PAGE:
Event Summary: What’s Happening in Iran?: Popular Protests and the US Policy
On Wednesday, December 4, 2019, the SETA Foundation at Washington, DC hosted a panel to discuss ‘What’s Happening in Iran?: Popular Protests and the US Policy.’ Moderated by Kadir Ustun, Executive Director at the SETA DC, the panel included Sina Toossi, Senior Research Analyst at the National Iranian American Council, Alex Vatanka, Senior Fellow at the Middle East Institute, and Barbara Slavin, Director of the Future of Iran Initiative at the Atlantic Council.
At the outset of the discussion, Sina Toossi explained that the Trump administration’s maximum pressure campaign and the shift in Iranian internal politics make these protests dynamic and complex. Trump’s policy has debilitated the factions inside Iran while validating the hardline narratives, ultimately creating an environment that is not conducive to negotiations. He believes that if Trump genuinely desired a deal with Iran, he would move away from the maximum pressure strategy and offer sanctions relief that would pave the way for negotiations. He calls for a more balanced approach to US policy that includes engaging with the Iranians when it benefits the US and keeping a distance when US interests are not at risk.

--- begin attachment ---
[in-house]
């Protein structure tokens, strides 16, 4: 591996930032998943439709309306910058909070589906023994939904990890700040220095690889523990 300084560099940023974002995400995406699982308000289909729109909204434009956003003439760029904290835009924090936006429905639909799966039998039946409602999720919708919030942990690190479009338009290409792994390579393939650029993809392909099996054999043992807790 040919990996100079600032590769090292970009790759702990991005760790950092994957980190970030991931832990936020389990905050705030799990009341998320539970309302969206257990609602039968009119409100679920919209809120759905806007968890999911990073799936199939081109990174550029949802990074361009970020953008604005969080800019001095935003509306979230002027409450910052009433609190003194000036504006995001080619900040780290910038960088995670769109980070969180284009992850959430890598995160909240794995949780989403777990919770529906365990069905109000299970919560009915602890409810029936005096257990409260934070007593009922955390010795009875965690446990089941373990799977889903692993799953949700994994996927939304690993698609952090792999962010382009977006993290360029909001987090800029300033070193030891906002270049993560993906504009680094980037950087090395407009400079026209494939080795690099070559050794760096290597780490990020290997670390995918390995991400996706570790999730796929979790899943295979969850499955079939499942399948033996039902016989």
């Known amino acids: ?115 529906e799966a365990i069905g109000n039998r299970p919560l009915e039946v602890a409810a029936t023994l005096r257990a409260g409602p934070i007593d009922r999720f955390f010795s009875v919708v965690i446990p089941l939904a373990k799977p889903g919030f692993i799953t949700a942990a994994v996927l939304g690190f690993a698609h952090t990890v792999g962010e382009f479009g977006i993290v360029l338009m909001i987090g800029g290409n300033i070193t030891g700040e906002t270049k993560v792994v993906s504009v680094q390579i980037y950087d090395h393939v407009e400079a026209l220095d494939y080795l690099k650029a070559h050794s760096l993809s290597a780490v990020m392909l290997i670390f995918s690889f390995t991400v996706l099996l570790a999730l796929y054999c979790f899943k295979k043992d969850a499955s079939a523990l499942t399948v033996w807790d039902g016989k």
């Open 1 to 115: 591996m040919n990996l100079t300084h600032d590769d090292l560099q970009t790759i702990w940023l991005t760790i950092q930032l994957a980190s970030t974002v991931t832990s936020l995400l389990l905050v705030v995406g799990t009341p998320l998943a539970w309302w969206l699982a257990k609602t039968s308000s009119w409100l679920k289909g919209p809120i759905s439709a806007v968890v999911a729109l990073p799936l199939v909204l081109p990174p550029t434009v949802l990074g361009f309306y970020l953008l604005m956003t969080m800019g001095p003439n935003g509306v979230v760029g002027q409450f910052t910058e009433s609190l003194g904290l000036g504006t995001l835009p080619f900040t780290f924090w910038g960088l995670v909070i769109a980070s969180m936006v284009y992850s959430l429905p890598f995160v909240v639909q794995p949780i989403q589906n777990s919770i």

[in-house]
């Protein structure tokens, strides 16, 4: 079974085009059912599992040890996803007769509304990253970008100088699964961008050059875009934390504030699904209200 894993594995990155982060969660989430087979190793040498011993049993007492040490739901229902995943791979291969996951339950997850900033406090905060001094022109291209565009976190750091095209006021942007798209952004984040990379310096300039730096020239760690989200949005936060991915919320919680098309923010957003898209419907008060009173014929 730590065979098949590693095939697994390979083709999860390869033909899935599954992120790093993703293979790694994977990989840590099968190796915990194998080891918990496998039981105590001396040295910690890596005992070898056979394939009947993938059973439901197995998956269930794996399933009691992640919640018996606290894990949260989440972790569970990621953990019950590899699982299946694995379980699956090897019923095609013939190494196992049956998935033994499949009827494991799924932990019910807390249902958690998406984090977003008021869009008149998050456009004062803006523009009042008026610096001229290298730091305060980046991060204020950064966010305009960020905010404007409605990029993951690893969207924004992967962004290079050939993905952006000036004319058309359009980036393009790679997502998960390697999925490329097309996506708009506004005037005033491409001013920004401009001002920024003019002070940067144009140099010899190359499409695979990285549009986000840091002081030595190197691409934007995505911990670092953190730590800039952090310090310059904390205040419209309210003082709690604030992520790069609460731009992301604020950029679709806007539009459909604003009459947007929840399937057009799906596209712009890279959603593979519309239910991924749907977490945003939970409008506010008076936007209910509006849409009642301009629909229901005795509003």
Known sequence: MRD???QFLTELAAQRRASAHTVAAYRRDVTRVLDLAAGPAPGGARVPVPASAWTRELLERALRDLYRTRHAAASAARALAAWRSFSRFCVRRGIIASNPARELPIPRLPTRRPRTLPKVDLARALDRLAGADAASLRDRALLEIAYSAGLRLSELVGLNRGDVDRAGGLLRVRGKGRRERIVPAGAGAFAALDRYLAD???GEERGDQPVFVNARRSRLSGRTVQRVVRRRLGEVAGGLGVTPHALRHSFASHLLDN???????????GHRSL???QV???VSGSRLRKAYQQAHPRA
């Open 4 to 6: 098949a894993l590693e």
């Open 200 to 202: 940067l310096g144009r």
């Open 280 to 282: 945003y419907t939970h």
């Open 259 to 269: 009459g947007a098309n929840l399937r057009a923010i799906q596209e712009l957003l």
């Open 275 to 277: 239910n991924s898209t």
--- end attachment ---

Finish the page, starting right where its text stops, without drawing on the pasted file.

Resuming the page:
Alex Vatanka continued by highlighting the differences between the current protests and ones in the past. The amount of violence seen in this round of protests is unprecedented. He asserts that the younger generation of Iranians no longer have any hope for the reformists to prevail, claiming that there are currently no moderates in Iran. In terms of the US withdrawal from the JCPOA, he does not get the sense that the Iranians will walk away from the JCPOA because they are in the business of buying time. If they leave, they lose leverage and make no gains. To close out his remarks, he noted that this fight began in November 1979 when a group of supporters took the embassy for political benefit without accounting for the long term political consequences. Forty years later, Iranians are still trying to figure out what happened.
Barbara Slavin drew attention to the fact that the Trump administration’s maximum pressure campaign is putting Iran in a position to be hostile toward the US. While Trump might be seeking to create a deal with Iran, she does not believe that his base of evangelicals and Bibi Netanyahu sympathizers will support it. The Iranians have a quid pro quo of their own which seeks to have Trump alleviate some of the sanctions before they come to the negotiating table. This raises the question of whether the hardliners will make any concessions to the US and if so, for what in return? In addressing regional problems, she sees the US as increasingly irrelevant and playing no part in reconciliation. She expressed interest in seeing how the Iranian system deals with the challenges it is facing and how it will encourage the population to engage in politics.